Ditto PRPractice Areas Blockchain & Crypto The School of Crypto Finance: Key Terminology in Crypto Investing

The School of Crypto Finance: Key Terminology in Crypto Investing

There’s finance. There’s crypto. But then there’s crypto finance. Have questions about institutional crypto finance but are too afraid to ask the sharks of the industry? We get it. That’s why Ditto has created a definitive ‘School of Crypto Finance’ guide. We’re here to make cryptocurrency understandable for everyone — from industry leaders with a question or two to beginners with a question or a hundred. Check back weekly for more content! There’s plenty more to come.

 

Overview

The crypto investing space is full of terminology — some new, some borrowed from traditional finance. As the space continues to evolve, terminology will change, as well. An example is ICOs; over time, the concept of crypto fundraising has shifted from ICOs to STOs to IEOs, as the regulatory environment around crypto matures.

 

Tokens, Coins, and Currencies, Oh My!

Digital asset

A digital asset is any asset in digital form, which can include lots of things, from digital documents to audible content to movies, to other digital data. A crypto asset is a type of digital asset powered by the technology underlying cryptocurrencies. All cryptocurrencies are crypto assets, and all crypto assets are digital assets — but not all digital assets are crypto assets! In crypto finance, the phrase “digital asset” is often used to describe cryptocurrencies, even though that’s not entirely accurate.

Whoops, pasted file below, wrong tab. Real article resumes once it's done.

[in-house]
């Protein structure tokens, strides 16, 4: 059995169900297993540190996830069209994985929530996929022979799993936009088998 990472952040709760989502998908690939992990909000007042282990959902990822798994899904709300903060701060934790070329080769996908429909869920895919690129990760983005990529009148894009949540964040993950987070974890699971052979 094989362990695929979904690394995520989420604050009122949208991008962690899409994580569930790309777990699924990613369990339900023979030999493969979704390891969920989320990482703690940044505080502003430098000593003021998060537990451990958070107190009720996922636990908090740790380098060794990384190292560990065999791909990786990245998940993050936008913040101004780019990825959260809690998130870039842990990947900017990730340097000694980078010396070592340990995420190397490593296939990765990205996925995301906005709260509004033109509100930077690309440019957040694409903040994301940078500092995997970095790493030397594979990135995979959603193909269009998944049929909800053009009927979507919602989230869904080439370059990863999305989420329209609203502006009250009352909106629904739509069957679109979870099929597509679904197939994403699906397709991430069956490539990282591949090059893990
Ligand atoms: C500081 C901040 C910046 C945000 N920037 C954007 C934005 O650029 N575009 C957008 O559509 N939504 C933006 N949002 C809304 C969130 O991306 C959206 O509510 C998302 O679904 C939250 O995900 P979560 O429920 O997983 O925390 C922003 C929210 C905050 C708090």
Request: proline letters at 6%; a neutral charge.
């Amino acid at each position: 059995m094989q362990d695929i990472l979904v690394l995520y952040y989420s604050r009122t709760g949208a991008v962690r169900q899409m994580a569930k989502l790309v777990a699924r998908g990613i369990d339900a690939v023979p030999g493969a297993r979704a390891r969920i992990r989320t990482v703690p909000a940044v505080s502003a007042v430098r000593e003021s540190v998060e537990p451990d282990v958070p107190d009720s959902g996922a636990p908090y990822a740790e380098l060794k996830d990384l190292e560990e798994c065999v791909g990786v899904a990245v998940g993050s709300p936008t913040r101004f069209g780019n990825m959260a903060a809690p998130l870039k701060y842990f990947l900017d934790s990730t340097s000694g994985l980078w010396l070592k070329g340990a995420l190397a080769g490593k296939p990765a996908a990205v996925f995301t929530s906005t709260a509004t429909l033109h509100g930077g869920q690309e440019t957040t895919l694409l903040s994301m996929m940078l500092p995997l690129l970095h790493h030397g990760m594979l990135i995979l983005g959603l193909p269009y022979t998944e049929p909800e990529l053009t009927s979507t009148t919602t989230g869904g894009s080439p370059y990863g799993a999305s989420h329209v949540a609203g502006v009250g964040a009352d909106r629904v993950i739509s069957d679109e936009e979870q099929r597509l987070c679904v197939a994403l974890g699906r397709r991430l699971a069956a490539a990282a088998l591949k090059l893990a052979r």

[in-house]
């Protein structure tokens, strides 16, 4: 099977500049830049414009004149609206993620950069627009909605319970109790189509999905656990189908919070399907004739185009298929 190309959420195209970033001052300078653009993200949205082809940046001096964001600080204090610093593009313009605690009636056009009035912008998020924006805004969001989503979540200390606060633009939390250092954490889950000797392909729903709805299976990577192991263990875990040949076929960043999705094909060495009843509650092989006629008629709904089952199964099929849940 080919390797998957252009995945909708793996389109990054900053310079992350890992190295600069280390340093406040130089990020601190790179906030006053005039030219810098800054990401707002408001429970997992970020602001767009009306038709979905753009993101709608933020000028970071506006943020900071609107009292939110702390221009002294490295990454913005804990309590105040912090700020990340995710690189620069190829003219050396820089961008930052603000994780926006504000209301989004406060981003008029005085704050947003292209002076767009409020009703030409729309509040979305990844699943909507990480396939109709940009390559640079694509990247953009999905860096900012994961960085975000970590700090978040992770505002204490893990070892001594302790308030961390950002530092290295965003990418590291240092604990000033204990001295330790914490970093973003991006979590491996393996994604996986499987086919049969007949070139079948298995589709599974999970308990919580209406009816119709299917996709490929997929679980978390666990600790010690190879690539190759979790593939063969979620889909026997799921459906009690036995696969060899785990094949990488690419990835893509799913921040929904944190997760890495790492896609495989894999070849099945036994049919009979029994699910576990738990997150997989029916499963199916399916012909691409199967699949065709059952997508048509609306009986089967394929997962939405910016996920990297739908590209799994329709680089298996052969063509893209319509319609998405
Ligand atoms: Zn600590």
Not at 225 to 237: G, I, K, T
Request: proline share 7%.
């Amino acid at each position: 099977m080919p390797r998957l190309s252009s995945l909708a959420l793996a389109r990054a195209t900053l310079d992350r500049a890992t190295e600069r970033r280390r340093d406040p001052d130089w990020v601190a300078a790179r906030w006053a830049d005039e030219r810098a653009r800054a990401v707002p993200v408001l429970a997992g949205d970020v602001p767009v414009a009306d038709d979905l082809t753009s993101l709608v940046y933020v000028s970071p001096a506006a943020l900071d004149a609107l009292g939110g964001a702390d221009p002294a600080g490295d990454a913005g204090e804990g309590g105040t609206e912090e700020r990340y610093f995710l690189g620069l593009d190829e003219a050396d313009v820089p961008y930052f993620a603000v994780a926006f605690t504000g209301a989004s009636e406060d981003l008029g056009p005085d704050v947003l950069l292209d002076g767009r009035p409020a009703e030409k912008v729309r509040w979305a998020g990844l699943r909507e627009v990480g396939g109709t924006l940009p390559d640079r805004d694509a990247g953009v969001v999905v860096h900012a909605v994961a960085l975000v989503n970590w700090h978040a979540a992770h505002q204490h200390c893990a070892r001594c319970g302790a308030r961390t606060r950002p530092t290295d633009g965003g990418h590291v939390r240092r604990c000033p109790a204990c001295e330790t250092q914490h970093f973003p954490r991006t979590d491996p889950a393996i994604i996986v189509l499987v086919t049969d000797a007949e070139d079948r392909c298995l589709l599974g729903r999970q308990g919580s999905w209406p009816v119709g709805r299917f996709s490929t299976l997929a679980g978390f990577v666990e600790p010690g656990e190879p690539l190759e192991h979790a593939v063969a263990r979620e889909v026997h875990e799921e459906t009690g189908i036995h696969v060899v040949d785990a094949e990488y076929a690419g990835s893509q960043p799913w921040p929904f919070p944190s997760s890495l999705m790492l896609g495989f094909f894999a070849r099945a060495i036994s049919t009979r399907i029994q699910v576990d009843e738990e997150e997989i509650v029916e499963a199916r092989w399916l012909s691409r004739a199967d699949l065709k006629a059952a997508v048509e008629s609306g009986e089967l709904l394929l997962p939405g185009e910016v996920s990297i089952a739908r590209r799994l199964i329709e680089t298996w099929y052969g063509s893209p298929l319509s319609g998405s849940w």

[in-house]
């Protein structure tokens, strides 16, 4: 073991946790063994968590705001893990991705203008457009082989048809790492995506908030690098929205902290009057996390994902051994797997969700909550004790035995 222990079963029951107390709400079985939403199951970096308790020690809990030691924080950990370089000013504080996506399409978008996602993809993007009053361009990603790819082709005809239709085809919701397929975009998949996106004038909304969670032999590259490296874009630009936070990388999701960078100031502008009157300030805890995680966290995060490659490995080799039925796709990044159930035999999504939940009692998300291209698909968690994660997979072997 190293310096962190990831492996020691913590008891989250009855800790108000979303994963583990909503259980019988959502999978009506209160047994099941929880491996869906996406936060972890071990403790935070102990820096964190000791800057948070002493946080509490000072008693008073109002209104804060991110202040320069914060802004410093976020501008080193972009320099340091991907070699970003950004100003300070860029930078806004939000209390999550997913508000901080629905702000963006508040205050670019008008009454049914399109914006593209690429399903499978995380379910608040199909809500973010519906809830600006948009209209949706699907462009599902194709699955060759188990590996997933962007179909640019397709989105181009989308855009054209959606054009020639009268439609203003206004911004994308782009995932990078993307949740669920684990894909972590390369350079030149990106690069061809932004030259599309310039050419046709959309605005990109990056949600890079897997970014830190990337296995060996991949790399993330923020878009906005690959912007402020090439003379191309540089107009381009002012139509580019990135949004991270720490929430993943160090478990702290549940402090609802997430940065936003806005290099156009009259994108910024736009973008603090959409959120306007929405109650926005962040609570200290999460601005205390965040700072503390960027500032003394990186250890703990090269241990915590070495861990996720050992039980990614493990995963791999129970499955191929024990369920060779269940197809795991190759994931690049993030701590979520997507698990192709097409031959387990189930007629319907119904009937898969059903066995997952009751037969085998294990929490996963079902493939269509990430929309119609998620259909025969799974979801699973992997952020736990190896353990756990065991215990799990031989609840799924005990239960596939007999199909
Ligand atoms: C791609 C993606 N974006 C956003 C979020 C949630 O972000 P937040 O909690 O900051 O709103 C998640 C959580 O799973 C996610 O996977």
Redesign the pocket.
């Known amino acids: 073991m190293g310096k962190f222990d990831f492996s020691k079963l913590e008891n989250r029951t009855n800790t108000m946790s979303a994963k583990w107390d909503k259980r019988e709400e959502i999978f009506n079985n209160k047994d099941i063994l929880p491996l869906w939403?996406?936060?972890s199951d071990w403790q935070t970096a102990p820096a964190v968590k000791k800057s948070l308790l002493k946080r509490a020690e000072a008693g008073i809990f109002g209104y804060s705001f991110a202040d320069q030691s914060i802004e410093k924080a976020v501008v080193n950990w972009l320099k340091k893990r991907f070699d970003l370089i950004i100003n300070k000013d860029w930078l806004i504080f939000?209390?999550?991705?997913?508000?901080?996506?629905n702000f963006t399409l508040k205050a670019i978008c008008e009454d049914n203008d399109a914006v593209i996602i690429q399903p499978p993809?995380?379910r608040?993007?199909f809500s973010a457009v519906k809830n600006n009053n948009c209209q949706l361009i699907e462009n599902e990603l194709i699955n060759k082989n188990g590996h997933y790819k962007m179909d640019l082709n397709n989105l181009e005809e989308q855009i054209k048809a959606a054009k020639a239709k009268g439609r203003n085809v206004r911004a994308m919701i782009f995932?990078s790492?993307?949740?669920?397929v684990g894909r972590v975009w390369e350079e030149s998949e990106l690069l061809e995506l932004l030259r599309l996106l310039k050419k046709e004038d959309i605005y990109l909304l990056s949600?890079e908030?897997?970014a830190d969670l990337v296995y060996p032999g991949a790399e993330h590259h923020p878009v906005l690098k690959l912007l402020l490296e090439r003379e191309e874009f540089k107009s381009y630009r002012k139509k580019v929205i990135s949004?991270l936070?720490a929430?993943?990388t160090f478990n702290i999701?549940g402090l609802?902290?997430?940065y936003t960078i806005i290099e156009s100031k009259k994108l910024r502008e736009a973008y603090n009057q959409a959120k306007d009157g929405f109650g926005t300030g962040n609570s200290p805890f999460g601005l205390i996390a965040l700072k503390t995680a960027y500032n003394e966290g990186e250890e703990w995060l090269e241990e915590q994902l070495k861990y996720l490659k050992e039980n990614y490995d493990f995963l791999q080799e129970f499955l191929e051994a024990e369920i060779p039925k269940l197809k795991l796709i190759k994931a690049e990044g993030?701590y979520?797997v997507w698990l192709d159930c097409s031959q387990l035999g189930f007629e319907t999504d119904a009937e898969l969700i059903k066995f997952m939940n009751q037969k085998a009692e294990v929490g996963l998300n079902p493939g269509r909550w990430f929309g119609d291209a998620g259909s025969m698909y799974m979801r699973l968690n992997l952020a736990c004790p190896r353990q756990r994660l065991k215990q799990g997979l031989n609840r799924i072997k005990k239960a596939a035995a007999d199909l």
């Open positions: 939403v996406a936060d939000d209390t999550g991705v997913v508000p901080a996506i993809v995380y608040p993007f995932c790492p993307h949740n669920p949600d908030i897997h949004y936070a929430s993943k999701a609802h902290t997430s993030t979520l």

Security token

In layperson’s terms, a crypto asset is considered a security token if its primary use is to generate profit — sort of like corporate stock on the traditional financial markets. More specifically, a crypto asset is deemed a security if it passes the Howey Test — a series of questions that determine whether it is an investment contract similar to that of a traditional financial instrument. An investment contract implies an expectation of future profit through revenues, dividends, and/or favorable price moments. Meanwhile, if a token has a clear use case outside of generating profit (e.g. the purchase of goods or services), it might be deemed a utility token rather than a security token.

 

Stablecoin

A stablecoin is a cryptocurrency that aims to reduce the price volatility of the coin relative to another, more “stable” asset. All stablecoins generally hold some type of collateral and manage the supply of that collateral to incentivize people to trade the coin for no more or less than a certain amount (like $1). To achieve price stability, a stablecoin can be pegged to a fiat currency like the U.S. dollar or a physical asset like gold or silver. Stablecoins redeemable in commodities are said to be backed, while those leveraging fiat or other cryptocurrencies are referred to as unbacked.

 

Utility token